The Check was carried out at the middle management level in early 2011 in collaboration with the main environmental department. It focuses on direct and indirect biodiversity impacts in the main areas of corporate operation; from strategy and management through procurement, production, research & development to marketing and human resources.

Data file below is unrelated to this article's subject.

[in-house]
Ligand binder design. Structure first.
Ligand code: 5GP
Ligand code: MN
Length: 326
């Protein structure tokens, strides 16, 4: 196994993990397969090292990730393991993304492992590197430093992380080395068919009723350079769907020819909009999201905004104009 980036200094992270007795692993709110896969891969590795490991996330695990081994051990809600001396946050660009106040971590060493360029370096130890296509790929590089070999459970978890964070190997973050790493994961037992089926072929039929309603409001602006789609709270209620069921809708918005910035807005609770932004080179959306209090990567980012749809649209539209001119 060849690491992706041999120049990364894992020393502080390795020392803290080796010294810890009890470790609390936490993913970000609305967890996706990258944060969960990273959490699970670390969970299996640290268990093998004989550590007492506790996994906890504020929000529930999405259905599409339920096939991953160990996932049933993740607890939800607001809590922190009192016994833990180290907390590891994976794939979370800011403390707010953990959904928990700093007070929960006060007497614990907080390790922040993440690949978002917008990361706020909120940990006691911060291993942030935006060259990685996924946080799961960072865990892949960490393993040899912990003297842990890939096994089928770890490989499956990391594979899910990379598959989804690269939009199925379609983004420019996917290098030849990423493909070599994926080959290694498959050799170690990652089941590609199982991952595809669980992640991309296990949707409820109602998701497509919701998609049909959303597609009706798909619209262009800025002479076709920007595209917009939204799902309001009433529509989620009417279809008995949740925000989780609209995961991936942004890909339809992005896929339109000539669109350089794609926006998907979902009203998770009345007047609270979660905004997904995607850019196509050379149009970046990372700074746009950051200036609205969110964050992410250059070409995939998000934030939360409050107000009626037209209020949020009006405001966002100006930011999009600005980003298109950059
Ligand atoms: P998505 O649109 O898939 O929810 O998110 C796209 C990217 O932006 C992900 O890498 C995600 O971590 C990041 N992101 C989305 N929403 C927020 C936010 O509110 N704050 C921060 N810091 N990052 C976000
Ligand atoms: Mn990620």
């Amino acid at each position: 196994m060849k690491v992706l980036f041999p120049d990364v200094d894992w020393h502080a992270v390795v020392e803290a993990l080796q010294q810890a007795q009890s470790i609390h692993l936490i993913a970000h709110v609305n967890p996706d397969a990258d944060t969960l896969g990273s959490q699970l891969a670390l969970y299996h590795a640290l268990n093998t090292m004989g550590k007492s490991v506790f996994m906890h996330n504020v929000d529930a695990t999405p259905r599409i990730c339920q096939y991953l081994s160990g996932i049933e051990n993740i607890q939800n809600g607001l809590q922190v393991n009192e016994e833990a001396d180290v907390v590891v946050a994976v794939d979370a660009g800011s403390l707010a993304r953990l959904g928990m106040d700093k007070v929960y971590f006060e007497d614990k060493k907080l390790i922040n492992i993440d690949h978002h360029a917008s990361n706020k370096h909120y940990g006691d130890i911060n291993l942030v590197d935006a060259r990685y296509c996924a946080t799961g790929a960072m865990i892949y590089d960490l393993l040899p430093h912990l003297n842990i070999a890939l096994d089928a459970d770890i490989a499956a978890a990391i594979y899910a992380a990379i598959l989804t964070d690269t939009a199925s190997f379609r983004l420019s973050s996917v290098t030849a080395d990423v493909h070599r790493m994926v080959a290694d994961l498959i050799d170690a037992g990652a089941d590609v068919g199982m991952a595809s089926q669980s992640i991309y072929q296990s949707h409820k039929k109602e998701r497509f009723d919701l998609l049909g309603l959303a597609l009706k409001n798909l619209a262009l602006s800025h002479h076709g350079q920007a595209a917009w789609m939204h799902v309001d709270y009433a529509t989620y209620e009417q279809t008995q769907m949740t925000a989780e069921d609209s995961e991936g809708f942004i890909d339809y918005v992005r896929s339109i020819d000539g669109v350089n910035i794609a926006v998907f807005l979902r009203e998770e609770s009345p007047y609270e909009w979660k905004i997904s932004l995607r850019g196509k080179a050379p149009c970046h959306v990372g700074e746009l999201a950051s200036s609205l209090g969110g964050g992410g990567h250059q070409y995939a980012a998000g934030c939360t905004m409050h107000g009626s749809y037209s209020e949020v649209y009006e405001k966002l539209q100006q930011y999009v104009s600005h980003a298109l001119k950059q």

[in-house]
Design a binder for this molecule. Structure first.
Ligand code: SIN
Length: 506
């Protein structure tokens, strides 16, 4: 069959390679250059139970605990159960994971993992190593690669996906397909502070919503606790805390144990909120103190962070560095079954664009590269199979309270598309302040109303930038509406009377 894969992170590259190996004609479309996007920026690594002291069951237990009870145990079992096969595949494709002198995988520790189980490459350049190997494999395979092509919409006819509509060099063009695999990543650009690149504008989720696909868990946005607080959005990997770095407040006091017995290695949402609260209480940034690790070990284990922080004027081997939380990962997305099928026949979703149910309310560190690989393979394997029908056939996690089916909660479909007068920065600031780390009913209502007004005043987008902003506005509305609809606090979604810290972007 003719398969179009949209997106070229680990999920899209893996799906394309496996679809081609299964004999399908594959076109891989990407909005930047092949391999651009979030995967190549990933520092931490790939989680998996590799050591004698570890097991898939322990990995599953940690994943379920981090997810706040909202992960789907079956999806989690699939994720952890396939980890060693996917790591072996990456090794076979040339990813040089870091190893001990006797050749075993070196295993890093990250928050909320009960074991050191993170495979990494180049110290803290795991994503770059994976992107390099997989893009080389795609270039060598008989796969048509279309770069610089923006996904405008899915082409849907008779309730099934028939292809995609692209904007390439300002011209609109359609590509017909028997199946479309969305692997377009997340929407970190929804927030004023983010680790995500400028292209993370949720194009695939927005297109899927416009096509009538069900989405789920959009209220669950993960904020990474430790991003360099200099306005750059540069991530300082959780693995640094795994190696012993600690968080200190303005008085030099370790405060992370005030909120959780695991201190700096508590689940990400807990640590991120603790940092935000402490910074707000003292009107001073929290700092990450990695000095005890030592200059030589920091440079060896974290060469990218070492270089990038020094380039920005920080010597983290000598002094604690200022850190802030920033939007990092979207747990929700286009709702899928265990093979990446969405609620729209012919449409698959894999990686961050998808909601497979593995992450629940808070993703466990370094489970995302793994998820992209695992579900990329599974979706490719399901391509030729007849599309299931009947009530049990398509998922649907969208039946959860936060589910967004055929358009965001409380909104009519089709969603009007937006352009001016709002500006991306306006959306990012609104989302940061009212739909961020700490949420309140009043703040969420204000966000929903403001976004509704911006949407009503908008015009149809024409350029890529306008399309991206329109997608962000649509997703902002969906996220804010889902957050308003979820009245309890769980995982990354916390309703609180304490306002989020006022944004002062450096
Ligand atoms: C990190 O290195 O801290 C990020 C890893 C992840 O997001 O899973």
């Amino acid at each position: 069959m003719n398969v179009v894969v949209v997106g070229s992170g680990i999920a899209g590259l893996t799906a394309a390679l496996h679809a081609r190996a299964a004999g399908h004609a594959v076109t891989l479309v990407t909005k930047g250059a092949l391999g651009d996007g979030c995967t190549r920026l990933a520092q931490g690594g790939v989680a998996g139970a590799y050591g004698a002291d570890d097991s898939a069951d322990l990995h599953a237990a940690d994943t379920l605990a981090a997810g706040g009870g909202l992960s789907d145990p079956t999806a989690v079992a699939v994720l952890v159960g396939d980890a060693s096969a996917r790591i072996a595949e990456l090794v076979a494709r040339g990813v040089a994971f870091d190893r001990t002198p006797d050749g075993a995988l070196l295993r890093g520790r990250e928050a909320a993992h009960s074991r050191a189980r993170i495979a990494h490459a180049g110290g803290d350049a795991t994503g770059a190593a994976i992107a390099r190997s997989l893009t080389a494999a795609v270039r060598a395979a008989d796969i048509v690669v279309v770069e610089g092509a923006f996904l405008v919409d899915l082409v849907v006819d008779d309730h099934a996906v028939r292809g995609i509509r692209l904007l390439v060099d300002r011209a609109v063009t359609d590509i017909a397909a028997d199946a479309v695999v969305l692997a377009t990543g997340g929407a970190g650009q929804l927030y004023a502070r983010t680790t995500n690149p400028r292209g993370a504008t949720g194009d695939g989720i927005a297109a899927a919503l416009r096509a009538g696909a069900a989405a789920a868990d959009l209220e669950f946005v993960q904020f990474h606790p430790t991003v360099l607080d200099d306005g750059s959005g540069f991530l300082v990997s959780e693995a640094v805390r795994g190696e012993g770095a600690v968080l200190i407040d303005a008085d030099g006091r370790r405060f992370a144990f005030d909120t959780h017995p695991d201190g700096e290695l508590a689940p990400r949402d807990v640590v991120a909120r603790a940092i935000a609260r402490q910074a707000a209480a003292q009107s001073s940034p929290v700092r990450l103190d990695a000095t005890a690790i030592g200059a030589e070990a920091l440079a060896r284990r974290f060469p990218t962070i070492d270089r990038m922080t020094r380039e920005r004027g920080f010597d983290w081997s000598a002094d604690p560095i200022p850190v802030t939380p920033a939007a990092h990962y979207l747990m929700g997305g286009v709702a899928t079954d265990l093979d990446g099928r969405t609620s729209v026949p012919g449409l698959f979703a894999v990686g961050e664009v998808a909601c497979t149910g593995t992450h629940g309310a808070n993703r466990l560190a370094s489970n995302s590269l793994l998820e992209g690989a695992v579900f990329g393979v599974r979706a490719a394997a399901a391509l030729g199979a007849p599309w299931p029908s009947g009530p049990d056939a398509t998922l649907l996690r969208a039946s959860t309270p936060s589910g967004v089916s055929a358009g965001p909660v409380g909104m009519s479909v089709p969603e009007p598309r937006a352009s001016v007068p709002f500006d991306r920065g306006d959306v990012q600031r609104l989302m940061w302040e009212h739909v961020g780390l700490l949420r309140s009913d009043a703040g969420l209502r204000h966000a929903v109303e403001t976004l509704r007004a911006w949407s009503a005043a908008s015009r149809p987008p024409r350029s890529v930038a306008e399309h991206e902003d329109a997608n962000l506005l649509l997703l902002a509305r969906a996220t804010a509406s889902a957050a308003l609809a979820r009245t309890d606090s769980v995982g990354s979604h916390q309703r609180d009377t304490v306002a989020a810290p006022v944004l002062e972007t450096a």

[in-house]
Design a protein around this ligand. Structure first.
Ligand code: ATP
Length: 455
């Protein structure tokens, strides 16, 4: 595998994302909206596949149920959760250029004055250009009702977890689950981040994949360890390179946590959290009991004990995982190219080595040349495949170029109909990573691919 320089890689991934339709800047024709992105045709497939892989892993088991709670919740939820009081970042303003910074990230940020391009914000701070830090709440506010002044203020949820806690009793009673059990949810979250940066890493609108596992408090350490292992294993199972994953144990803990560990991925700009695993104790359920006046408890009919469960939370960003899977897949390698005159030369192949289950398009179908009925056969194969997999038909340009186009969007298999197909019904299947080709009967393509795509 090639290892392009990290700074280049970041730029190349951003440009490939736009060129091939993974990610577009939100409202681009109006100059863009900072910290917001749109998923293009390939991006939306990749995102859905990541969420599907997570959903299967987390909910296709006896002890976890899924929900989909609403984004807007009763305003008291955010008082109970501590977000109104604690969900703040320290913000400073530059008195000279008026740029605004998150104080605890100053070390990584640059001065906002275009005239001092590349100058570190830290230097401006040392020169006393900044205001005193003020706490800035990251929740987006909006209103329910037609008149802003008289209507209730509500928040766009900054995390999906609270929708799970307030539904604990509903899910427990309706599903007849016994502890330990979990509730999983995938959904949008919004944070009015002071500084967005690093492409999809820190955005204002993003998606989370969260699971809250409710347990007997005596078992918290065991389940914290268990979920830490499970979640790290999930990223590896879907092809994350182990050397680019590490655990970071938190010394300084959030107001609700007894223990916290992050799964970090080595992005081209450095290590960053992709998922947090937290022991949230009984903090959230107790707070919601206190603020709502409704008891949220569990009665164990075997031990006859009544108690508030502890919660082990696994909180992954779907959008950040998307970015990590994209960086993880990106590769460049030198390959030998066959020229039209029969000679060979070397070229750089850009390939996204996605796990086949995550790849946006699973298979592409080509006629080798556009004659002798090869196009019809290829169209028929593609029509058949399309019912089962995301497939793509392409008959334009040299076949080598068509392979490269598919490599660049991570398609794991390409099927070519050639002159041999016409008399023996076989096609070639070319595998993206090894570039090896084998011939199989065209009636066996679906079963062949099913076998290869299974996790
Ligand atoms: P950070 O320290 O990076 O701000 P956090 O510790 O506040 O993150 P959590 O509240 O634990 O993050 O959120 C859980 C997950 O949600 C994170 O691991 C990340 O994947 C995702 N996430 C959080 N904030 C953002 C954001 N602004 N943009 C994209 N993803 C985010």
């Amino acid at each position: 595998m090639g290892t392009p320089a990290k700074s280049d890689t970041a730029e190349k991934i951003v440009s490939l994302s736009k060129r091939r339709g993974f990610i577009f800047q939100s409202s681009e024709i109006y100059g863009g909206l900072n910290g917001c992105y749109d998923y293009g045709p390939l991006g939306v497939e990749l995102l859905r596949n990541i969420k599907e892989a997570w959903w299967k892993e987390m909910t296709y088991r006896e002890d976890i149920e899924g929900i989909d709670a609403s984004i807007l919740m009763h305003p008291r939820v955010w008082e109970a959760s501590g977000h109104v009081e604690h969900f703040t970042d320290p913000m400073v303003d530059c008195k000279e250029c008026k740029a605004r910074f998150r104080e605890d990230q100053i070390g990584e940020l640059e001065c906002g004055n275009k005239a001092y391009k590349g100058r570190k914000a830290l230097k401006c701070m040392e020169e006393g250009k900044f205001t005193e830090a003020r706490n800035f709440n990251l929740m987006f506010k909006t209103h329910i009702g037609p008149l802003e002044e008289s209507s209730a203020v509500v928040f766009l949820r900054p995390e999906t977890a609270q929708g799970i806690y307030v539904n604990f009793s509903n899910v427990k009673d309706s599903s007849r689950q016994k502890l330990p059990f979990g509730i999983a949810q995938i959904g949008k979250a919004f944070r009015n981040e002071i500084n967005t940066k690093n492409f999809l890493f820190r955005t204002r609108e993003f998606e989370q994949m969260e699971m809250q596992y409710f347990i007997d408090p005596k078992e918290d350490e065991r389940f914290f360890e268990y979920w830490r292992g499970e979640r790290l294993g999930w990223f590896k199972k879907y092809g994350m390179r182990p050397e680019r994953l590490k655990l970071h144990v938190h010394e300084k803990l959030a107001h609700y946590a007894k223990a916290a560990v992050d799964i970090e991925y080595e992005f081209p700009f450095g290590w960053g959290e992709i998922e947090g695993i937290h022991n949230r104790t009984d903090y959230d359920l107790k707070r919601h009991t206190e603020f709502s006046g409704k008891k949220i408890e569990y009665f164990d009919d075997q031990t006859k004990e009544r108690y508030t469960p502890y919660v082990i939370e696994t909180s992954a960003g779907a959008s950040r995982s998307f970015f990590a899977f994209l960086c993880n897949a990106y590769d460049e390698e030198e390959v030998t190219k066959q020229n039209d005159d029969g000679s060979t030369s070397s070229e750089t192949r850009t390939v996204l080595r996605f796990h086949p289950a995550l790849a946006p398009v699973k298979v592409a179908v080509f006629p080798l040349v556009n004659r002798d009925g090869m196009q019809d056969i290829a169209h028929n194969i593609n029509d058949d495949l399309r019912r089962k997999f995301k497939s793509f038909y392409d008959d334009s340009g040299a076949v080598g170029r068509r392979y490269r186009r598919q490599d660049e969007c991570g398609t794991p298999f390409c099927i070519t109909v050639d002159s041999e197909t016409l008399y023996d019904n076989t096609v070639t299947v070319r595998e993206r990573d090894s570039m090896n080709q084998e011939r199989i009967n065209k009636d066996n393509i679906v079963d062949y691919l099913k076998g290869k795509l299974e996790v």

On three subsequent occasions Global Nature Fund (GNF) and the business consultancy dokeo interviewed and discussed the scope and limitations of the study. Finally, a questionnaire was drawn up based on the Sindelfingen plant and made available to the companys relevant departments. At the second meeting, the departments made presentations reporting to the two implementation organisations on the impacts of their activities and the measures taken up until that point for a sustainable use of resources and the protection of nature. The presentations were collected and then open questions were posed to the different departments for discussion. Afterwards during a final roundtable discussion on outcomes and options, a status quo report was developed and evaluated. On this occasion, concrete business suggestions were made to reduce the risks and negative impacts on biodiversity and strengthen Daimlers commitment to the protection of biodiversity. Following this, the working group of environmental protection representatives and the biodiversity working group within the project "Daimler Green Production were informed about the results of the Check.